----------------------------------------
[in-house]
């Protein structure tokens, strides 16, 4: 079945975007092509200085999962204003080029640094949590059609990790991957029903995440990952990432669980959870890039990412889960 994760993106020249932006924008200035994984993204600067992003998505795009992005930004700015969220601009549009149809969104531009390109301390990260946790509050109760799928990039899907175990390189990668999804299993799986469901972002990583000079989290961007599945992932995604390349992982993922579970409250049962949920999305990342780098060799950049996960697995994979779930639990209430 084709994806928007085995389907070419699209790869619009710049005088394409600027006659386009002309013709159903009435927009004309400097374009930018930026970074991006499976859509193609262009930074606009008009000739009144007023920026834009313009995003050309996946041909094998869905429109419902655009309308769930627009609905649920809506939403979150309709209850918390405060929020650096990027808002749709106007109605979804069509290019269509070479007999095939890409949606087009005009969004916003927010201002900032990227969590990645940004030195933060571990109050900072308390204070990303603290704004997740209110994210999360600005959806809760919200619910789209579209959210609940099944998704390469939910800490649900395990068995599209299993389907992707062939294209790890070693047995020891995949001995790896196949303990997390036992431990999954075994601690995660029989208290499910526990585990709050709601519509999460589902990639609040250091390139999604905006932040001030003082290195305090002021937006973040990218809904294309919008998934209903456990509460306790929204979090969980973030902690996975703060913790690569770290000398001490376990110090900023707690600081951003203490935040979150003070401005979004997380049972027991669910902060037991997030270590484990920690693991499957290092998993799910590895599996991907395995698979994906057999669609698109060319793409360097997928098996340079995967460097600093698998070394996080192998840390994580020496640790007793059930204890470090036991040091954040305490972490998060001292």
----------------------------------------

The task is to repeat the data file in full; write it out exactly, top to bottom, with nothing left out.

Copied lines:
[in-house]
């Protein structure tokens, strides 16, 4: 079945975007092509200085999962204003080029640094949590059609990790991957029903995440990952990432669980959870890039990412889960 994760993106020249932006924008200035994984993204600067992003998505795009992005930004700015969220601009549009149809969104531009390109301390990260946790509050109760799928990039899907175990390189990668999804299993799986469901972002990583000079989290961007599945992932995604390349992982993922579970409250049962949920999305990342780098060799950049996960697995994979779930639990209430 084709994806928007085995389907070419699209790869619009710049005088394409600027006659386009002309013709159903009435927009004309400097374009930018930026970074991006499976859509193609262009930074606009008009000739009144007023920026834009313009995003050309996946041909094998869905429109419902655009309308769930627009609905649920809506939403979150309709209850918390405060929020650096990027808002749709106007109605979804069509290019269509070479007999095939890409949606087009005009969004916003927010201002900032990227969590990645940004030195933060571990109050900072308390204070990303603290704004997740209110994210999360600005959806809760919200619910789209579209959210609940099944998704390469939910800490649900395990068995599209299993389907992707062939294209790890070693047995020891995949001995790896196949303990997390036992431990999954075994601690995660029989208290499910526990585990709050709601519509999460589902990639609040250091390139999604905006932040001030003082290195305090002021937006973040990218809904294309919008998934209903456990509460306790929204979090969980973030902690996975703060913790690569770290000398001490376990110090900023707690600081951003203490935040979150003070401005979004997380049972027991669910902060037991997030270590484990920690693991499957290092998993799910590895599996991907395995698979994906057999669609698109060319793409360097997928098996340079995967460097600093698998070394996080192998840390994580020496640790007793059930204890470090036991040091954040305490972490998060001292």